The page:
A young anthropologist visits the reservation.
Chandler Zausner is an undergraduate at the University of Southern California, where he is pursuing a double major at The School of Cinematic Arts (media arts and practice, ‘20) and USC Dornsife (visual anthropology, ‘20). He is interested in documenting unique, marginalized, and disenfranchised communities and recently traveled to Japan for his first international research project on hikkikomori, a culture-bound syndrome of extreme social withdrawal. This is Chandler’s reflection on some of the challenges he faced.
Rates of academic and professional publishing continue to climb—each year some 1.3 million articles are published in scholarly titles. Yet despite that massive output, we know that the products of anthropological knowledge include more than what’s captured in peer-reviewed journals.
The day was hot. The lively sounds of the Smithsonian Folklife Festival surrounded us—speakers presenting on stage, a parade of Catalonian giant puppets, passersby chatting about what to eat for lunch, and music from an Armenian avant-garde jazz band off in the distance.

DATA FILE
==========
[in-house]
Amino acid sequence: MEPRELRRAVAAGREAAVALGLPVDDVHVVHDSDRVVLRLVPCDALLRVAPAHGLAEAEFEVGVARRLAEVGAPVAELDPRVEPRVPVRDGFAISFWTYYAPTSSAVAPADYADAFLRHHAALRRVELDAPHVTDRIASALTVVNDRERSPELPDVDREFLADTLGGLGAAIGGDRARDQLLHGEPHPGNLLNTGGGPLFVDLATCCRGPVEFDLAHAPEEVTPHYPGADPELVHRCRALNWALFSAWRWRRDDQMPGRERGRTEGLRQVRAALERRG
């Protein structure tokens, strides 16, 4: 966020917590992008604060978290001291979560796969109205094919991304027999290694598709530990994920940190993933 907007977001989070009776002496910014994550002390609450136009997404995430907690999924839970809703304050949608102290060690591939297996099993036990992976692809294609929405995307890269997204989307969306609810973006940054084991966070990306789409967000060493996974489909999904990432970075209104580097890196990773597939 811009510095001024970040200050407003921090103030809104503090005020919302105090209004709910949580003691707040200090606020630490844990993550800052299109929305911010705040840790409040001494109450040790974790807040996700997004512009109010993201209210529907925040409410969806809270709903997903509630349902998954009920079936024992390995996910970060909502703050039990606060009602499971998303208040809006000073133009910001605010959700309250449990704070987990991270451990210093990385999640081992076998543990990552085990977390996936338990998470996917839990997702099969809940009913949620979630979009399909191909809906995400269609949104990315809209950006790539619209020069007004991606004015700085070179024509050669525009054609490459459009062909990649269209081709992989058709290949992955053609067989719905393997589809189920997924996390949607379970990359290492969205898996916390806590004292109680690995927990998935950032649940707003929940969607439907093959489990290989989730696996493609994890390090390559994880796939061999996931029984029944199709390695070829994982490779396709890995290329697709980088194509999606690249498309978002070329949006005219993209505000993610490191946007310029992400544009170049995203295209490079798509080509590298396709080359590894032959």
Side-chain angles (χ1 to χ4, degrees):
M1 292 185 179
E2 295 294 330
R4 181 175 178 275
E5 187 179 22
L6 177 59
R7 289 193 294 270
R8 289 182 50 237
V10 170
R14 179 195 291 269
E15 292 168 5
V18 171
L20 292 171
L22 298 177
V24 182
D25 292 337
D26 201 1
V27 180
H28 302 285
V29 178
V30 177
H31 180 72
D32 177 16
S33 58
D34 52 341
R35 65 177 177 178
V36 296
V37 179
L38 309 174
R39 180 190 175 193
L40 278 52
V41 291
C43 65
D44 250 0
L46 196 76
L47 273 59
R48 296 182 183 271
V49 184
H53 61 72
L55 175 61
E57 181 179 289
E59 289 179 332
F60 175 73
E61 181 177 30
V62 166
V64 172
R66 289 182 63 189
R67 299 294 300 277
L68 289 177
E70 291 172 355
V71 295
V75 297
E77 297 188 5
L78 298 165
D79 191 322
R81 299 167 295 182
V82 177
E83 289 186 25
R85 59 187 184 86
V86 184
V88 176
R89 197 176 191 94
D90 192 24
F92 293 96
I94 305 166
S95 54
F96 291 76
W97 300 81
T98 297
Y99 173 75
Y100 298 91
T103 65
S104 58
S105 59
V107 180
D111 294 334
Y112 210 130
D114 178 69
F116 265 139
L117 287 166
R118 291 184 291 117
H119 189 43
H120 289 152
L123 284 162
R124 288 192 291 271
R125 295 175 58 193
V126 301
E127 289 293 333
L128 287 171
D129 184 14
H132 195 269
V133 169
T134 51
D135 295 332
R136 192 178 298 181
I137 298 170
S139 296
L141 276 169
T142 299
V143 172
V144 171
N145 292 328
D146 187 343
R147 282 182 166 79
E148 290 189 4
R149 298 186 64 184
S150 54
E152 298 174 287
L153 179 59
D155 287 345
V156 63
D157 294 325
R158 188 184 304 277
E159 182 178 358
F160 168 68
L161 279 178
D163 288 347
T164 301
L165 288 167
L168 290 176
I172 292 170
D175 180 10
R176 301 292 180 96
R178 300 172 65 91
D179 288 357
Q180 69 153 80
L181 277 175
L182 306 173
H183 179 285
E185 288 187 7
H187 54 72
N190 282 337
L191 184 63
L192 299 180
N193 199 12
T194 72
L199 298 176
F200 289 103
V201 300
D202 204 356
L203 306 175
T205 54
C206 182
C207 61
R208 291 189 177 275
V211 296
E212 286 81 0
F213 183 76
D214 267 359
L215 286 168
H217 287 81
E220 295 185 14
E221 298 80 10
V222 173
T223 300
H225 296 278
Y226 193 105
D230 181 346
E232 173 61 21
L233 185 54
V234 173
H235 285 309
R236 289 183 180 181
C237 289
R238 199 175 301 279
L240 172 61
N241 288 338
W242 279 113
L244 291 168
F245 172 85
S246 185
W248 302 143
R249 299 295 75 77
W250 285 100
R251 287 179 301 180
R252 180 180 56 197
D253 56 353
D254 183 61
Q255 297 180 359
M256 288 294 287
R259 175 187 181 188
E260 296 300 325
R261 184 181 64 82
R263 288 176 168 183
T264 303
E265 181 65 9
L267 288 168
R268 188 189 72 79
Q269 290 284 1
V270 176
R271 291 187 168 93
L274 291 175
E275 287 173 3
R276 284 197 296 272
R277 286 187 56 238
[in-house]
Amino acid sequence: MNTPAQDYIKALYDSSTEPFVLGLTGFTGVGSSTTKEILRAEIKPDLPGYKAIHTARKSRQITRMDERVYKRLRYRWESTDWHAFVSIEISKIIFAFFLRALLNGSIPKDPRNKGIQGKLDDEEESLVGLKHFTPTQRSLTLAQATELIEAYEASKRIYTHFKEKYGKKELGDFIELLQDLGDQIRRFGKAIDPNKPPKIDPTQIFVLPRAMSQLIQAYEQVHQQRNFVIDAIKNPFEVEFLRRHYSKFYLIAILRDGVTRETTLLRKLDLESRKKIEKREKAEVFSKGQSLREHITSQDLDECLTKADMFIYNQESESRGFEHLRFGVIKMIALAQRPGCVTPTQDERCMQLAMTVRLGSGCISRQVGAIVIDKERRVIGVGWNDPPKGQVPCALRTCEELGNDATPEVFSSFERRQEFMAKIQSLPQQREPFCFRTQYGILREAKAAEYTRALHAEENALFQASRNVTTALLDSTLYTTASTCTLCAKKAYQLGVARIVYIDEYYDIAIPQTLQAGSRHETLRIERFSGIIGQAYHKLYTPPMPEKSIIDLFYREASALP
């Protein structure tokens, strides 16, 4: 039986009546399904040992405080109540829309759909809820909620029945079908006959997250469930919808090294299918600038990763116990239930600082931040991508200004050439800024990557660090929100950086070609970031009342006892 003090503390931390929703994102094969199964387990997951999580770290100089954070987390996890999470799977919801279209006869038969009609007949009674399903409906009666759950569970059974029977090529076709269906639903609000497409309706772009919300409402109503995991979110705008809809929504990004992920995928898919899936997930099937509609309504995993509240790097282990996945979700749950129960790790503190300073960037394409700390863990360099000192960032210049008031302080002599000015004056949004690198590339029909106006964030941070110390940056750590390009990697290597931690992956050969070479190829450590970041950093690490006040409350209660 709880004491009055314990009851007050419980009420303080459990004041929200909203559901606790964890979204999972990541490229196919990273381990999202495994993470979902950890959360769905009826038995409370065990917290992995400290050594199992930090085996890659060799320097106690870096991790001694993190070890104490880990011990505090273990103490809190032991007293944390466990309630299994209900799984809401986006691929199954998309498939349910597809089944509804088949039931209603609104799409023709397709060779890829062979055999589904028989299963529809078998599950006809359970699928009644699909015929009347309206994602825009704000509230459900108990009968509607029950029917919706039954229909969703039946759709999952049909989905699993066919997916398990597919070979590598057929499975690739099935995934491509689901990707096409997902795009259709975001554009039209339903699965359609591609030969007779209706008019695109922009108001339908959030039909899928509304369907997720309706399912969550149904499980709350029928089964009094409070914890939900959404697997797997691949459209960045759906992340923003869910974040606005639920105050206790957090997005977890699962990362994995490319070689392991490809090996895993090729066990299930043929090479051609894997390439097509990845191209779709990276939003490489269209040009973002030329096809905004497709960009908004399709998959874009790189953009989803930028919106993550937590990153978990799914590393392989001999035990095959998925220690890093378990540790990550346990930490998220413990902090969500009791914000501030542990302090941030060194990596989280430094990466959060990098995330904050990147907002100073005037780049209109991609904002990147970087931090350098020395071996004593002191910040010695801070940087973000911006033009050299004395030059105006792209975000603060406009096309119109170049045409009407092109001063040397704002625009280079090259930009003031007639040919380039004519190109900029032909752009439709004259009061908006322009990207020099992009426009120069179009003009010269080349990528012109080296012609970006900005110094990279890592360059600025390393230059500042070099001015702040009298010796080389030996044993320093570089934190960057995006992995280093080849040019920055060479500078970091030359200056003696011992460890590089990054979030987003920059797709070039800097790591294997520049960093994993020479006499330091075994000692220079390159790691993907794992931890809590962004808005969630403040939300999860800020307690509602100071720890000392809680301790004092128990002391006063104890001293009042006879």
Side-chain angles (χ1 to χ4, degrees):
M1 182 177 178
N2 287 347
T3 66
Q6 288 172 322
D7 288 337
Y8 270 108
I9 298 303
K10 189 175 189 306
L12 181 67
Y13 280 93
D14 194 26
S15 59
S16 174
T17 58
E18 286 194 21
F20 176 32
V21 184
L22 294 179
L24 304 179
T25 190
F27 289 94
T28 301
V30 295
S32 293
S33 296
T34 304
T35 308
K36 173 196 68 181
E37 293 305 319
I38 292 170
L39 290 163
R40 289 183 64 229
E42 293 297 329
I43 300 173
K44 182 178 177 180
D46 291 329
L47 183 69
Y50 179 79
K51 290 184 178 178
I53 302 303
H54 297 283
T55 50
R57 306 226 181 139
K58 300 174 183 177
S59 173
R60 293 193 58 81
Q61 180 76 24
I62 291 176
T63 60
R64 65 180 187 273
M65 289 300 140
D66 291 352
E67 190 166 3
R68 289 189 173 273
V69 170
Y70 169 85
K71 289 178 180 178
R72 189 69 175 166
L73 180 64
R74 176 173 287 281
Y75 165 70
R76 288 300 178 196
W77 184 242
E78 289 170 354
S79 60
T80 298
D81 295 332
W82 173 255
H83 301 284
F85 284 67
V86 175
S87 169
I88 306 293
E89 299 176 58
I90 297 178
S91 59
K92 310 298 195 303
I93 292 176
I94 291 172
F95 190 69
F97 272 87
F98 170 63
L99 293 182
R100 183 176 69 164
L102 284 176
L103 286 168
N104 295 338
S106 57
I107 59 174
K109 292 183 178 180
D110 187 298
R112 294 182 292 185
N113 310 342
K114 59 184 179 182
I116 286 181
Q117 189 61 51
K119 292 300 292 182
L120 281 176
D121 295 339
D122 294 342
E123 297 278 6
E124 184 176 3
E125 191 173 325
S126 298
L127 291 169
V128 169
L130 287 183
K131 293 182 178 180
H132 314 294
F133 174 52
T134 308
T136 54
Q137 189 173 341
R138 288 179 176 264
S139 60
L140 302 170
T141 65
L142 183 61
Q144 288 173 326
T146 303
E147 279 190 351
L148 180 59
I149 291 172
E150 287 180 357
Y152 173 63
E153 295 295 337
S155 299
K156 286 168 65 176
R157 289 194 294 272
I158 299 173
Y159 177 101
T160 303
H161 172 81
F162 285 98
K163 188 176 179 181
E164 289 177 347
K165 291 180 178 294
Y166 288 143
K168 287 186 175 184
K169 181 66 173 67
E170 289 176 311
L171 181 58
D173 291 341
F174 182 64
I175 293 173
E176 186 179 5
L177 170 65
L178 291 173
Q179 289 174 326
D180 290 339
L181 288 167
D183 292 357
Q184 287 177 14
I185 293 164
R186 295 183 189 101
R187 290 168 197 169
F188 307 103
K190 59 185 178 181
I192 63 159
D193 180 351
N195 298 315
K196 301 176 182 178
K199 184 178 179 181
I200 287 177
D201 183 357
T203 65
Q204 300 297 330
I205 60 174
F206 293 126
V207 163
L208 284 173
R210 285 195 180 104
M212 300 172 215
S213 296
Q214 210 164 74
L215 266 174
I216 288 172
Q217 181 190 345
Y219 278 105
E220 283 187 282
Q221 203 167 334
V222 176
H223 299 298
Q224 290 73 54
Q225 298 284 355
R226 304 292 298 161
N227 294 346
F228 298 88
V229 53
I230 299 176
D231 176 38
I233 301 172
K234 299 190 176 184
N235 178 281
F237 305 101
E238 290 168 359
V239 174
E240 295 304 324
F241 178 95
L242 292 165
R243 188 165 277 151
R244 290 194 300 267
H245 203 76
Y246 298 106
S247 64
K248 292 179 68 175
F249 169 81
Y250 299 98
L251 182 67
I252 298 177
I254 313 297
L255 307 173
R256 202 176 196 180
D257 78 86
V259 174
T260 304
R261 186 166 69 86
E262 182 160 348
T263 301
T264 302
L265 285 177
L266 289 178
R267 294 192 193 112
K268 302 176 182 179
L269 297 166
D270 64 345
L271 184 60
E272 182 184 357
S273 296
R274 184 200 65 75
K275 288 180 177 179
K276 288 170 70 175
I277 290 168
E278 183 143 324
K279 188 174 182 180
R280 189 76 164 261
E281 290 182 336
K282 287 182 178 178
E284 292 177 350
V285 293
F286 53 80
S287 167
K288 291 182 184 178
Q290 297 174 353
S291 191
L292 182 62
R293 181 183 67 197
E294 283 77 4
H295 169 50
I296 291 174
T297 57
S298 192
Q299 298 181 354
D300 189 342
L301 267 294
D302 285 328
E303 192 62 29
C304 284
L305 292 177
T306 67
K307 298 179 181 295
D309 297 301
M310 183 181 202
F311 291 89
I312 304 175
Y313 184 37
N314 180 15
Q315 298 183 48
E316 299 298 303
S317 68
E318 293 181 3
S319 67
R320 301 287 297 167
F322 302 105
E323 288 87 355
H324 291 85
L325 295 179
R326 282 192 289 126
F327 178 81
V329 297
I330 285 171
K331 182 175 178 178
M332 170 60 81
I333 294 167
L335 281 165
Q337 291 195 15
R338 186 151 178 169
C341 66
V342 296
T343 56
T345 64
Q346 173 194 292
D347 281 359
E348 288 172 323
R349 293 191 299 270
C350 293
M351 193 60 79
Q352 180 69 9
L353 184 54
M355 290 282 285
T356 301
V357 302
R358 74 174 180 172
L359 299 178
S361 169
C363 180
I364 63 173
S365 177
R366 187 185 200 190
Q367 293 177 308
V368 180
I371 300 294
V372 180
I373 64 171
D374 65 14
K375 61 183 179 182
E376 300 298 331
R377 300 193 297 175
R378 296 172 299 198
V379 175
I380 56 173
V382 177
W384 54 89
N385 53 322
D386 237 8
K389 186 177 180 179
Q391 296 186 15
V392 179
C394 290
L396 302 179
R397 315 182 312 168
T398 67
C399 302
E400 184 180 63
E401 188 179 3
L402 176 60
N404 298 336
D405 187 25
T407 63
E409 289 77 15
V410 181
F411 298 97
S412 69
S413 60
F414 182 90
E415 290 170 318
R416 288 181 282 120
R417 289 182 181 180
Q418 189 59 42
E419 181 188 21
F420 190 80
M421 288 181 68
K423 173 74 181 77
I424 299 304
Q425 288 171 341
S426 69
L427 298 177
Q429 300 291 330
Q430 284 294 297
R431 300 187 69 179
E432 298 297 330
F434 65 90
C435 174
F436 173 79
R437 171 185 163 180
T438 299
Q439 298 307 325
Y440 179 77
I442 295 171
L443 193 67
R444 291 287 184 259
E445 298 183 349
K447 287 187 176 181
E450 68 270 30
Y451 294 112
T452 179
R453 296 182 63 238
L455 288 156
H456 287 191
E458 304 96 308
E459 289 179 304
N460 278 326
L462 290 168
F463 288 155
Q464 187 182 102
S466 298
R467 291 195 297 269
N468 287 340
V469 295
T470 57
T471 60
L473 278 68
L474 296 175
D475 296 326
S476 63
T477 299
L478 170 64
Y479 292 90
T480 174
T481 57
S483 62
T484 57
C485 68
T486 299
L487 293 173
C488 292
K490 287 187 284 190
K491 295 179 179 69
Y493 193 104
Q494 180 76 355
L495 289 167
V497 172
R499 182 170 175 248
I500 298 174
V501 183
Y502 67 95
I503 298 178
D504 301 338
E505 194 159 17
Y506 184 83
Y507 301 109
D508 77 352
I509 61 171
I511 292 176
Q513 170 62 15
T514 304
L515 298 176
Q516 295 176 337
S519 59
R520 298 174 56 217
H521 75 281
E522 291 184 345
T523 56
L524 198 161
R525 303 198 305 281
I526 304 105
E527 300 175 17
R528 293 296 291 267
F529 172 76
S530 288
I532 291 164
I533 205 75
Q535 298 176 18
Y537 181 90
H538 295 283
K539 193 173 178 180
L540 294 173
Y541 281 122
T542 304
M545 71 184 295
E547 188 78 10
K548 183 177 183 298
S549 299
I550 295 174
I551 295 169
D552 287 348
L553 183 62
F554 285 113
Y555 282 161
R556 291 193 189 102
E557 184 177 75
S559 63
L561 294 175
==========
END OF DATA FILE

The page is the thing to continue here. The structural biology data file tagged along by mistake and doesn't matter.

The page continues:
Palmyra Jackson first joined the AAA in July 2017 as a summer intern after completing her BA in both cultural anthropology and humanities for teaching at Seattle University.
Nate Wambold joined the AAA staff in June 2018 as the director of meetings and conferences. He brings the AAA a wealth of experience gained over 10 years in managing meetings in the association world and the hotel industry. Nate has a BA in psychology from American University.
Meet the 2018 AAA Leadership Fellows: Jena Barchas-Lichtenstein, Carla Pezzia, Matthew Reilly.
At the 2018 Annual Meeting, Dolores Huerta, co-founder of the United Farm Workers of America and president/founder of the Dolores Huerta Foundation, will present the opening keynote, and Emily Martin, feminist anthropologist and anthropologist of science and gender, will present the Distinguished Lecture.
Tell me, wise one, what does your crystal ball forecast about the future of anthropology?
If a law seems ineffective, a lawyer would usually say the problem is with the doctrine of the law; to resolve the problem we must re-write the law. Richard Wilson, professor of law and anthropology, challenges this belief with his research on international speech crimes.